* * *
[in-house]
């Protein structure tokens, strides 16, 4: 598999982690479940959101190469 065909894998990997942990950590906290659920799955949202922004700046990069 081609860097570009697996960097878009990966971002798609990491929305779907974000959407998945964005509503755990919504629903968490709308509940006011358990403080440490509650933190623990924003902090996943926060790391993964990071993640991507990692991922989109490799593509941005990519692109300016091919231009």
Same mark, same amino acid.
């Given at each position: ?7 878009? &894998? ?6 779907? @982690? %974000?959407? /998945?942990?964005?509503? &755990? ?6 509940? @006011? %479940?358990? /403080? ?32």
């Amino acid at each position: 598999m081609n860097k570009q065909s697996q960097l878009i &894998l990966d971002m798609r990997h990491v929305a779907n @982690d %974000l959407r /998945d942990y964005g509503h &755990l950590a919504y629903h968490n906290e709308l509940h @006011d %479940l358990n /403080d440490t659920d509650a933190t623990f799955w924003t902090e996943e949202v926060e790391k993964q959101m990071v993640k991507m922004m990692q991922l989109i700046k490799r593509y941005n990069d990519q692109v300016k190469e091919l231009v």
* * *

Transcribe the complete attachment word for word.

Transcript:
[in-house]
């Protein structure tokens, strides 16, 4: 598999982690479940959101190469 065909894998990997942990950590906290659920799955949202922004700046990069 081609860097570009697996960097878009990966971002798609990491929305779907974000959407998945964005509503755990919504629903968490709308509940006011358990403080440490509650933190623990924003902090996943926060790391993964990071993640991507990692991922989109490799593509941005990519692109300016091919231009």
Same mark, same amino acid.
């Given at each position: ?7 878009? &894998? ?6 779907? @982690? %974000?959407? /998945?942990?964005?509503? &755990? ?6 509940? @006011? %479940?358990? /403080? ?32």
């Amino acid at each position: 598999m081609n860097k570009q065909s697996q960097l878009i &894998l990966d971002m798609r990997h990491v929305a779907n @982690d %974000l959407r /998945d942990y964005g509503h &755990l950590a919504y629903h968490n906290e709308l509940h @006011d %479940l358990n /403080d440490t659920d509650a933190t623990f799955w924003t902090e996943e949202v926060e790391k993964q959101m990071v993640k991507m922004m990692q991922l989109i700046k490799r593509y941005n990069d990519q692109v300016k190469e091919l231009v």